MERIDEN — The few residents who spoke during a hearing on the city’s proposed spending plan for the next fiscal year appeared to be in agreement on one point: the proposal does not offer relief to taxpayers.
The public hearing on the proposed $208.4 million budget on Thursday night at Lincoln Middle School occurred as numerous residents’ appeals of their reevaluated properties have yet to be heard by the Board of Assessment Appeals. The duration of the hearing itself was roughly 20 minutes. It was presided over by the City Council and mayor.
A city meeting calendar showed the board had several special meetings scheduled for hearing taxpayers’ appeals.
The budget proposal, if adopted by the City Council next month, would reduce the city’s mill rate to 32.88 mills per $1,000. The current tax rate is 40.86 mills. The overall budget proposal would increase current spending by more than $5.6 million
Resident Michael Rajewski, the first of five people who addressed the council, said the proposed mill rate is too high based on the increases in many properties’ assessed values following revaluation.
Rajewski and other speakers criticized the process residents needed to follow to appeal the revaluations of their properties. He suggested the city use some of its federal COVID-19 relief funds for taxpayers relief.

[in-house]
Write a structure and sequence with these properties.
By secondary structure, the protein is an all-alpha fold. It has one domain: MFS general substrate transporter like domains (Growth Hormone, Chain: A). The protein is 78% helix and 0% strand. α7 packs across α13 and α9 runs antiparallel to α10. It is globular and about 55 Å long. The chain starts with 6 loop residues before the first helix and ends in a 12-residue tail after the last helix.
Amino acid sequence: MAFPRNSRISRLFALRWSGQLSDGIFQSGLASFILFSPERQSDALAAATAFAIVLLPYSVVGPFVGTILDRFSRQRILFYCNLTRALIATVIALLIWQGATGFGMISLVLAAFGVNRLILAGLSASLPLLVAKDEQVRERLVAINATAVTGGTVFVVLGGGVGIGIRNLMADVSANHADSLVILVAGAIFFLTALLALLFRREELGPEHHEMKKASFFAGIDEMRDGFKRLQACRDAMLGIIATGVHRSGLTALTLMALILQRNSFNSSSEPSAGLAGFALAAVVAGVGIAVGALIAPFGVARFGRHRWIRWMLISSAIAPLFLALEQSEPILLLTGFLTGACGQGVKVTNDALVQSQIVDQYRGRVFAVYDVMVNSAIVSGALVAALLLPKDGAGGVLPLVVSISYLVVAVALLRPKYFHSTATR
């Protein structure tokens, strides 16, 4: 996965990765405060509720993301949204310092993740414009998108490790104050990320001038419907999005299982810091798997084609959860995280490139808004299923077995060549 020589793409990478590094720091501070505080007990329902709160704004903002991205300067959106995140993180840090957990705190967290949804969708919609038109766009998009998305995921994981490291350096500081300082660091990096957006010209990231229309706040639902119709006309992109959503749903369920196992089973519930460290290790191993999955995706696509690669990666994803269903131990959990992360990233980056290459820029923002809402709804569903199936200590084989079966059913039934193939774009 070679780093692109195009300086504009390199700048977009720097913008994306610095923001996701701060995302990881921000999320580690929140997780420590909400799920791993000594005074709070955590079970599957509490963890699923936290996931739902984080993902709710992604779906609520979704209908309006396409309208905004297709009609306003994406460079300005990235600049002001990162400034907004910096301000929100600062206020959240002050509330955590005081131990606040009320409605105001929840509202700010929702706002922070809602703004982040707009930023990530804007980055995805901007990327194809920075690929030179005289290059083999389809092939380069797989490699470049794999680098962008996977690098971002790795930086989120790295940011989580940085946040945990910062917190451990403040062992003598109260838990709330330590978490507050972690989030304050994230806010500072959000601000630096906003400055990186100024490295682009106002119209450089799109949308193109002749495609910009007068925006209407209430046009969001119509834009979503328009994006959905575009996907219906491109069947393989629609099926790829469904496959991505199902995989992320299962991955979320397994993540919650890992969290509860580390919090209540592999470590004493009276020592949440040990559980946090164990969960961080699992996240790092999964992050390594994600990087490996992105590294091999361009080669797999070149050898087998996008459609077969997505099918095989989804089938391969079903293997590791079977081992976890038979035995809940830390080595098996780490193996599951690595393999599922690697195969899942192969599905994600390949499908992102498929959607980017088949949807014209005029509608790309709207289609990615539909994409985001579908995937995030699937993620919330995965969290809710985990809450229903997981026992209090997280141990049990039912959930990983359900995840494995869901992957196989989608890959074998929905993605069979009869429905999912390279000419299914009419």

Sean McDonald, who followed Rajewski, said the revaluations could have been postponed.
“You postponed meetings because of COVID,” McDonald said. “You postponed everything because of COVID.”
McDonald said landlords will have to raise rents, forcing tenants out of their homes.
“... I don’t understand why you guys are not as concerned as the residents of Meriden,” McDonald said. “... The residents in this town are overwhelmed.”
Dan Zaborowski, a fixture during council meetings, questioned the 5:30 p.m. start time of the public hearing. He said 90% of residents are either commuting from work or still working.
“Why couldn’t this be at 6:30 p.m.?” he asked.
Zaborowski critiqued line items in the budget request, including water and sewer increases and salary raises that he called “ludicrous.”
Anthony Pelligrino told the council that based on the revaluations of the properties he owns, he will be forced to raise his tenants’ rents.
Elain Cariati, who ran last fall for mayor, asked the council to consider the impact of the budget proposal on senior citizens and middle class residents.
“At the end of the day, you’re going to bankrupt them,” she said. “... The budget needs to be looked at carefully. I hope, Mayor, that you use your veto. This is the time to give back to the community.”